MacArthur’s Family Roots

How did Gen. MacArthur and his papers come to Norfolk, Virginia? How did an Army general come to rest in a Navy town? When then mayor of Norfolk, W. Fred Duckworth approached the General on Nov. 28, 1960, with a proposal to renovate Norfolk’s 1850 courthouse as a memorial to the General as well as a repository for his papers and possessions, he appealed to the General’s family connections to the city.

Gen. MacArthur’s mother, Mary Pinkney Hardy, had long family roots in Norfolk and North Carolina. She was born and grew up on the Riveredge estate located on Berkeley’s South Main St.   Her father, Thomas Asbury Hardy, was a prominent local businessman when he purchased the estate in 1847. Thomas Hardy migrated to Norfolk in 1829 from Currituck, eventually starting several businesses with his brother, William Jarvis Hardy. These included Thomas A. Hardy & Bros. on Water St. (now Waterside Dr.), where they were commission merchants for local truck produce and cotton, a fertilizer business, and a basket and barrel factory on Town Point (near present day Town Point Park).

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City Hall

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Elizabeth Pierce

Thomas Hardy married Elizabeth Margaret Pierce on August 3, 1831 and together they had 14 children, including Mary Hardy. On his maternal grandmother’s side, Douglas MacArthur’s ancestors had been residents of Norfolk prior the Revolutionary War.   Elizabeth Pierce’s father, David Pierce, a Norfolk merchant, married her mother, Margaret Martin Pierce, on March 3, 1810.   Margaret Martin Pierce was also the daughter of a Norfolk merchant, Andrew Martin, whose substantial holdings were destroyed when Dunmore torched the city in 1776.

After attempting to recover from his losses during the Revolutionary War, Andrew Martin married Margaret Pierce’s mother, Margaret Mohun, on May 15, 1784.   Margaret Mohun was the daughter of a prosperous Norfolk blacksmith who had emigrated to the colonies prior to the Revolution.   On his maternal grandfather’s side, MacArthur’s Hardy roots went deep in Currituck County, possibly as early as 1695.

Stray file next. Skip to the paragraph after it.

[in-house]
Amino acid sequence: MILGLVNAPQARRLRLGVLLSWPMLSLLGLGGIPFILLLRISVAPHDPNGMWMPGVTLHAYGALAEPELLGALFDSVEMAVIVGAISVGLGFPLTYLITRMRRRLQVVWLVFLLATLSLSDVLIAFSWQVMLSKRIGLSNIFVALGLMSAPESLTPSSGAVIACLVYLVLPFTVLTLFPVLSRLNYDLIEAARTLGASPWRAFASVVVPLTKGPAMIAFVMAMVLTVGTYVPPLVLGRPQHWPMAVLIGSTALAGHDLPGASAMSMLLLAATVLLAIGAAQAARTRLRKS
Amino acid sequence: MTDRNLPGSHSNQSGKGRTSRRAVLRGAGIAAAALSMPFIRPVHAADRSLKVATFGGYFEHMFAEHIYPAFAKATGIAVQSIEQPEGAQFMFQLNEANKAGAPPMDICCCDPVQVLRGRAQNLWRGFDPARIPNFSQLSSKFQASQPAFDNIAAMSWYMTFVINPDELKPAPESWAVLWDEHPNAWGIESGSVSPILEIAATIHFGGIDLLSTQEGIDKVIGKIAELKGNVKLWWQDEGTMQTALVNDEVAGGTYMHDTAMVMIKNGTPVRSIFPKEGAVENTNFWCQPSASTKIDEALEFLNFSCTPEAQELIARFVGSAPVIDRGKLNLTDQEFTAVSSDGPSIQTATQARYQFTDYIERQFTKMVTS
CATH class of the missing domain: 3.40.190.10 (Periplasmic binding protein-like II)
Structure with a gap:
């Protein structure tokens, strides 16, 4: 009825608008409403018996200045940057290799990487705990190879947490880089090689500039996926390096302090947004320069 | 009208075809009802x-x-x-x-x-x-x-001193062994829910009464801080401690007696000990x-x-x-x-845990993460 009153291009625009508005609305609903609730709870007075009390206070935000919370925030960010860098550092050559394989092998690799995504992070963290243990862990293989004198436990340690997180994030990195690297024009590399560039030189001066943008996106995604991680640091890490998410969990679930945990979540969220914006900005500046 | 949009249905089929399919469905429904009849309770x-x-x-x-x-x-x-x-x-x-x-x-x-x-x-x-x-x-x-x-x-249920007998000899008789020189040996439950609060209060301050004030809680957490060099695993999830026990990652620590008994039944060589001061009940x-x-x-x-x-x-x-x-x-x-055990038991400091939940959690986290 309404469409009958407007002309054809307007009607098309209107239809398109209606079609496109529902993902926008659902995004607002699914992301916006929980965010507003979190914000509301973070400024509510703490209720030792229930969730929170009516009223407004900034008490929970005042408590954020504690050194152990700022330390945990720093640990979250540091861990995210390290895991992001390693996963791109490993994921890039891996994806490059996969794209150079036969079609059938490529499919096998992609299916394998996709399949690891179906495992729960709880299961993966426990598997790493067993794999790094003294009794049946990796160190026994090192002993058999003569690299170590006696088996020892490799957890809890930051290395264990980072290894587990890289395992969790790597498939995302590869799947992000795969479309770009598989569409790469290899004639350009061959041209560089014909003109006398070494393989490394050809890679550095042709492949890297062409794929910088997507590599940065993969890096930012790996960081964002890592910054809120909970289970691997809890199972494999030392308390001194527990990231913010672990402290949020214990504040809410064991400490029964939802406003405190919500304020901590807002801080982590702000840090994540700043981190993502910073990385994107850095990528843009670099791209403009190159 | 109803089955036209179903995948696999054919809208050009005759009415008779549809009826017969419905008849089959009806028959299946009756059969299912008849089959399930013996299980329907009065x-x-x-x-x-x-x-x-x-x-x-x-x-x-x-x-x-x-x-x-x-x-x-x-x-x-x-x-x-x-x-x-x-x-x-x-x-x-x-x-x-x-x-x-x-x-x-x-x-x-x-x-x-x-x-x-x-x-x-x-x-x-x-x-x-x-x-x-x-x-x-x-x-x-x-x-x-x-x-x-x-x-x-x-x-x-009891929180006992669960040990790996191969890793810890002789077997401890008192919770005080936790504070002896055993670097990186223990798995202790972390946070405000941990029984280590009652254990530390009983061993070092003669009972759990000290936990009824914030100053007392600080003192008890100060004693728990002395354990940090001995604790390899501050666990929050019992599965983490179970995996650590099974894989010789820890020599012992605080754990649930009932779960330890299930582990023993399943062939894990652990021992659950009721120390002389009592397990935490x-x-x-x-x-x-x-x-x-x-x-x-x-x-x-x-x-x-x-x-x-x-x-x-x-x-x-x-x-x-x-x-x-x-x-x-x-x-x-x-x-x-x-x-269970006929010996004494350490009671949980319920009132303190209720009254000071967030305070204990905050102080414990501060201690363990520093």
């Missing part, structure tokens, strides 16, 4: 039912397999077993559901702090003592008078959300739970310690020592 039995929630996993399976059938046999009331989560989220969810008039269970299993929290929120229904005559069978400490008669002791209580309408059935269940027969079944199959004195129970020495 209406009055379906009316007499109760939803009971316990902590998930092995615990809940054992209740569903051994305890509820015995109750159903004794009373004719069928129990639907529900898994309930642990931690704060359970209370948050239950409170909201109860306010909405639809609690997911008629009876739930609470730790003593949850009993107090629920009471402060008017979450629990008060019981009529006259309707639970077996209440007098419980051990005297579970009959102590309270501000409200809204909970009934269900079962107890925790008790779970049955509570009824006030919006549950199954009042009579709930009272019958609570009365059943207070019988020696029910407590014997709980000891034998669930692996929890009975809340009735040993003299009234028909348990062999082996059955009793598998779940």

Several of MacArthur’s Hardy ancestors, including his grandparents, are buried in Norfolk’s Cedar Grove Cemetery.

When Douglas MacArthur’s parents, Mary Pinkney Hardy and Arthur MacArthur Jr. met in New Orleans in 1875, they knew there might be some dissent about a Southern lady marrying a Yankee veteran of the Union Army.   Arthur MacArthur Jr. was a Captain in the U.S. Army at the time he met Mary.

Nevertheless they were married at the Hardy’s Riveredge estate in Norfolk on May 19, 1875, by Rev. Matthew O’Keefe of St. Mary’s Catholic Church. There is some indication that her brothers, who were Confederate veterans, refused to attend the wedding and the only Southern minister who would agree to marry them was the pastor of St. Mary’s Catholic Church.

As time wore on, Riveredge fell into disrepair. Although the home itself could not be saved, a wall was erected at the site enclosing a garden to memorialize the spot.   General MacArthur spoke at its dedication on November 18, 1951.

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In responding to Duckworth’s proposal for the memorial General MacArthur was quoted as having said:

As Virginian myself, whose mother came from a long line of Virginians and whose mother and father were married in the present City of Norfolk, I accept as a great honor the invitation of the city to place my papers, decorations, and other mementos of my military service in its perpetual care and keeping

Although MacArthur was actually born in Little Rock, Arkansas, he is quoted in the Ledger Dispatch October 1, 1963 as having interrupted the speaker at a Masonic ceremony in his honor:

It was intended that I should be born in Norfolk, my mother’s home. But my father, being an Army man, was suddenly ordered to Little Rock, Ark. where I was born. But the Norfolk papers were loyal and in the paper’s headline it said Douglas MacArthur was born while his parents were away.

In addition to housing his papers and possessions, MacArthur requested that he and his wife be buried at the Memorial. MacArthur was close to his mother who had accompanied him during much of his career including his years as a cadet as West Point. No doubt he was happy to rest in the city of her family.